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Cincinnati Zoo Welcomes New Manatees, Returns Two To Florida

Cincinnati Zoo & Botanical Garden
Orphaned manatee "Miles" gets a check up after being rescued.

Two manatees are back in Florida and three new ones are now receiving care at the Cincinnati Zoo.Betsy and BamBam returned to Florida this week. The Cincinnati Zoo says BamBam is being prepared for release back into the wild in early 2018. He'll be equipped with a satellite tracking device just prior to release so his health can be tracked by the U.S. Fish and Wildlife Service's Manatee Rescue and Rehabilitation Partnership (MRP).

Credit Provided / Cincinnati Zoo & Botanical Garden
Cincinnati Zoo & Botanical Garden
Betsy and BamBam in 2015.

Once released, the zoo says BamBam will be the 14th manatee rehabilitated in Cincinnati and returned to the wild.

Betsy "is not considered a candidate for release" and will be cared for long term at Homosassa Springs Wildlife State Park.

In their places, the zoo is welcoming three orphaned male manatees named Pippen, Miles and Matthew. The three require rehabilitation and come from SeaWorld Orlando. A fourth rescued orphan named Goober is being sent to the Columbus Zoo.

Credit Provided / Cincinnati Zoo & Botanical Garden
Cincinnati Zoo & Botanical Garden
A care giver at SeaWorld Orlando helps Pippen feed.

Details from the Cincinnati Zoo about the four manatees:

  • Pippen (Male) was rescued from the Halifax River on 7/20/2016 weighing only 58 pounds. After receiving critical care at Sea World Orlando, his weight is now 225 pounds. He is the smallest manatee ever to live at Cincinnati Zoo's Manatee Springs.
  • Miles (Male) was rescued from the Sykes Creek on Merritt Island on 8/17/2016 and weighed only 43 pounds. After receiving critical care at Sea World Orlando, his weight is now 320 pounds.
  • Matthew (Male) was rescued from New Smyrna on 10/9/2016, right after Hurricane Matthew. He weighed 56 pounds and is now up to 340 pounds.
  • Goober (Male - going to Columbus Zoo) was rescued on 3/16/2017 from Desoto Canal in Indian Harbor Beach Florida. His weight was 220 pounds and his is now up to 345 pounds.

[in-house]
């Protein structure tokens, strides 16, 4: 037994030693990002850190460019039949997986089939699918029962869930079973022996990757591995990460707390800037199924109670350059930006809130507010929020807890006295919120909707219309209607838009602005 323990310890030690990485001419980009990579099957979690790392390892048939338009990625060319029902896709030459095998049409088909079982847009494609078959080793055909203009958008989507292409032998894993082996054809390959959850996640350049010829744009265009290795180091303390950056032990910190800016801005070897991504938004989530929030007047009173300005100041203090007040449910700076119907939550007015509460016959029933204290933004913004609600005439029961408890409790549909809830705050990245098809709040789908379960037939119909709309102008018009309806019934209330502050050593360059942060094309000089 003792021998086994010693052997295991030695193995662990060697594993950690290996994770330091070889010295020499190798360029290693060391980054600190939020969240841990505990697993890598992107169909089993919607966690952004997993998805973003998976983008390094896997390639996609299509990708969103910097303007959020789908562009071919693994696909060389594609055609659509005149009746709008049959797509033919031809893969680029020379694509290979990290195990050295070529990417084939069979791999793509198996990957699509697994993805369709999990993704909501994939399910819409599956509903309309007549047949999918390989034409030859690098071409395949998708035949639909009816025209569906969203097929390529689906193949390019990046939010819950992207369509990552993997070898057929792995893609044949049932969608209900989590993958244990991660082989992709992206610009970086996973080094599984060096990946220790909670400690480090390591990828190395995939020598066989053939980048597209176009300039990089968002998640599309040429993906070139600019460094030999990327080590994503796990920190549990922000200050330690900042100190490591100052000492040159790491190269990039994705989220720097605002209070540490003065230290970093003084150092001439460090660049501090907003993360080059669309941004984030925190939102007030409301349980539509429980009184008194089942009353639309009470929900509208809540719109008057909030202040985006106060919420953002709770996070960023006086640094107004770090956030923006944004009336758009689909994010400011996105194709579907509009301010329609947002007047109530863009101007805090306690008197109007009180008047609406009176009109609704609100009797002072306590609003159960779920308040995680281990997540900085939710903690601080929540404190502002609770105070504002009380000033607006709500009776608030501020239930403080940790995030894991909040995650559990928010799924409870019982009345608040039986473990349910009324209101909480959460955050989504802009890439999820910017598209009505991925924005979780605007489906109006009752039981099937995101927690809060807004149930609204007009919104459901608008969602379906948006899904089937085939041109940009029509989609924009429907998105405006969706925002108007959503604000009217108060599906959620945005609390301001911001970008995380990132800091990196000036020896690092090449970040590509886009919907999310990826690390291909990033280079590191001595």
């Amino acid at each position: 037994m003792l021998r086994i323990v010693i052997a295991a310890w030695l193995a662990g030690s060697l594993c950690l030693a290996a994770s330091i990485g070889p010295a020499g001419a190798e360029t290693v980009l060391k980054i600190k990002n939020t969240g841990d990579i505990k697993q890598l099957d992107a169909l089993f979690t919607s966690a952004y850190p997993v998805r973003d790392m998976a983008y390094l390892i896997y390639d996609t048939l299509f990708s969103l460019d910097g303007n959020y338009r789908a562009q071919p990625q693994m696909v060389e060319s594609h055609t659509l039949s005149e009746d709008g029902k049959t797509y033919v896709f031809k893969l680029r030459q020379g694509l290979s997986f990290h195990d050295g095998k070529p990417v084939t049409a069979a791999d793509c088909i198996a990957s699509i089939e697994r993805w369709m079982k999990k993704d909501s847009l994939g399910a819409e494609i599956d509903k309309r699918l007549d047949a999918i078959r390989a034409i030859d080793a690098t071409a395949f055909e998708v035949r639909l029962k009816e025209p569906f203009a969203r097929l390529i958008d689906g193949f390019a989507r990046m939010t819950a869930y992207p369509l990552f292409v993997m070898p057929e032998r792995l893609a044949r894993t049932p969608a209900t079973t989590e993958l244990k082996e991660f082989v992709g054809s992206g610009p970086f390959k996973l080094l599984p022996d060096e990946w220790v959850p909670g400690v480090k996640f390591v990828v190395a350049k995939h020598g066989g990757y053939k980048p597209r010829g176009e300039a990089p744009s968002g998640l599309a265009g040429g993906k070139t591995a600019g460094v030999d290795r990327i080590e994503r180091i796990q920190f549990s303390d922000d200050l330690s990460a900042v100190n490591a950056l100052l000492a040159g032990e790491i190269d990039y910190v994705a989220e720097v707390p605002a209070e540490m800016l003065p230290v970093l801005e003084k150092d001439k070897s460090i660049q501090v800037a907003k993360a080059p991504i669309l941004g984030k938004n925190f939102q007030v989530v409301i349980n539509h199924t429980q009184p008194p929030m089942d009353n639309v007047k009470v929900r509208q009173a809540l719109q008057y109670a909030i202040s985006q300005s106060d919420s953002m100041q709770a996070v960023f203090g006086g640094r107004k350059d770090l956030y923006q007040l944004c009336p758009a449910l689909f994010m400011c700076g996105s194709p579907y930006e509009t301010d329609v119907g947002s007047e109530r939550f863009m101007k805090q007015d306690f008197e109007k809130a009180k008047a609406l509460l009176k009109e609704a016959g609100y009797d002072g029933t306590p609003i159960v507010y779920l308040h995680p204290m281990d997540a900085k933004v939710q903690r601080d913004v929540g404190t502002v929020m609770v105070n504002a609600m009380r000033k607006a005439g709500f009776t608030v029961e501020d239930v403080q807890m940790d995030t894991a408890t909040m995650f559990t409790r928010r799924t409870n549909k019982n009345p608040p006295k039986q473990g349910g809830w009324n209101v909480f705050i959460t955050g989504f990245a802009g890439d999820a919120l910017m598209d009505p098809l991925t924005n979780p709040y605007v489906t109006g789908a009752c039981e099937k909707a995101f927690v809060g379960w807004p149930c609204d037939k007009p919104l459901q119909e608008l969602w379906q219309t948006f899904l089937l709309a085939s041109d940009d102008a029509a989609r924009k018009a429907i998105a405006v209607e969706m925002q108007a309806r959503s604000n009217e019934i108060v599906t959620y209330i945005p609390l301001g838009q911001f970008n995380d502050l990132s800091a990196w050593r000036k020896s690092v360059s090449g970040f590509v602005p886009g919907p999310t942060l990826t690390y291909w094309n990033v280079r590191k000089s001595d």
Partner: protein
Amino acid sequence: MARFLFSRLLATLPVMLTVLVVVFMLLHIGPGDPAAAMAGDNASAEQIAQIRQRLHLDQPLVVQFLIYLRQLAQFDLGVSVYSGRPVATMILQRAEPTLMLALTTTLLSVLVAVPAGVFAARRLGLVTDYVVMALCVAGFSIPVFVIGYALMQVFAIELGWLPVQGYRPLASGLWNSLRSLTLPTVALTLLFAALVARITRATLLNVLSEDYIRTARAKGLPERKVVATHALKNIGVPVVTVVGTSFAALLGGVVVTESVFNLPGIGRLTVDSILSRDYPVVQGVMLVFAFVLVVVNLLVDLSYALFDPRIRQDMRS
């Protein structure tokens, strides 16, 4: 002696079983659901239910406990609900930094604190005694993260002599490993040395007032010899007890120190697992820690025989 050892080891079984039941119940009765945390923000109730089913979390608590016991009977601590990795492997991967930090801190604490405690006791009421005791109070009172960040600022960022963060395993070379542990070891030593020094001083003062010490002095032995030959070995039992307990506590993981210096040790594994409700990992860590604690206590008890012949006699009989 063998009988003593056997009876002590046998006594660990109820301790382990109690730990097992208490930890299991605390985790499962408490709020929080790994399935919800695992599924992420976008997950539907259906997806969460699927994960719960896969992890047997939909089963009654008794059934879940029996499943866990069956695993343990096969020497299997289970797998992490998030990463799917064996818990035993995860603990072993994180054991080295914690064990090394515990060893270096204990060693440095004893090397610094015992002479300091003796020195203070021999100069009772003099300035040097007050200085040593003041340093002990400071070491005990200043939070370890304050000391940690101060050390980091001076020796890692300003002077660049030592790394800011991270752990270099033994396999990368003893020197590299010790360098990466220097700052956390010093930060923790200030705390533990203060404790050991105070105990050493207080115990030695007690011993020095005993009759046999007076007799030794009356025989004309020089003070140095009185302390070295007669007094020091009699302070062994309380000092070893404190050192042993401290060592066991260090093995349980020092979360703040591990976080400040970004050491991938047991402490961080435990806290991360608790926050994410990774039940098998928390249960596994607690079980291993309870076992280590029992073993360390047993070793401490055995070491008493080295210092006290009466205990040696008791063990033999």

Pippen, Miles and Matthew will take a few days getting used to their new environment at Manatee Springs. They should be on public display by Monday, the zoo anticipates.

Credit Provided / Cincinnati Zoo & Botanical Garden
Cincinnati Zoo & Botanical Garden
From left: Matthew, Pippen and Miles.

How Do You Move A Bunch Of Manatees?

The Cincinnati Zoo calls it the "sea cow shuffle."

With the help of DHL, the world’s leading logistics provider, the "Sea Cow Shuffle" began at 5 a.m. on Tuesday, October 17, when Betsy and BamBam were driven to the Cincinnati/Northern Kentucky International Airport to board a flight to Florida accompanied by a manatee care specialist and a Zoo veterinarian. At each airport, the manatee crates were placed in an open-top cargo crate that was locked into the cargo hold. The manatees were kept as far away from engine noise as possible while waiting to be loaded and their crates were loaded last, so that they could be unloaded first after arriving at their destination. The same scenario happened in reverse at the other end, but the return flight included twice as many manatees. DHL flew the four small manatees to Cincinnati and the Columbus Zoo picked Goober up from the Cincinnati Zoo and drove him by truck back to their facility.

Tana Weingartner earned a bachelor's degree in communication from the University of Cincinnati and a master's degree in mass communication from Miami University. Prior to joining Cincinnati Public Radio, she served as news and public affairs producer with WMUB-FM. Ms. Weingartner has earned numerous awards for her reporting, including several Best Reporter awards from the Associated Press and the Ohio Society of Professional Journalists, and a regional Murrow Award. She enjoys snow skiing, soccer and dogs.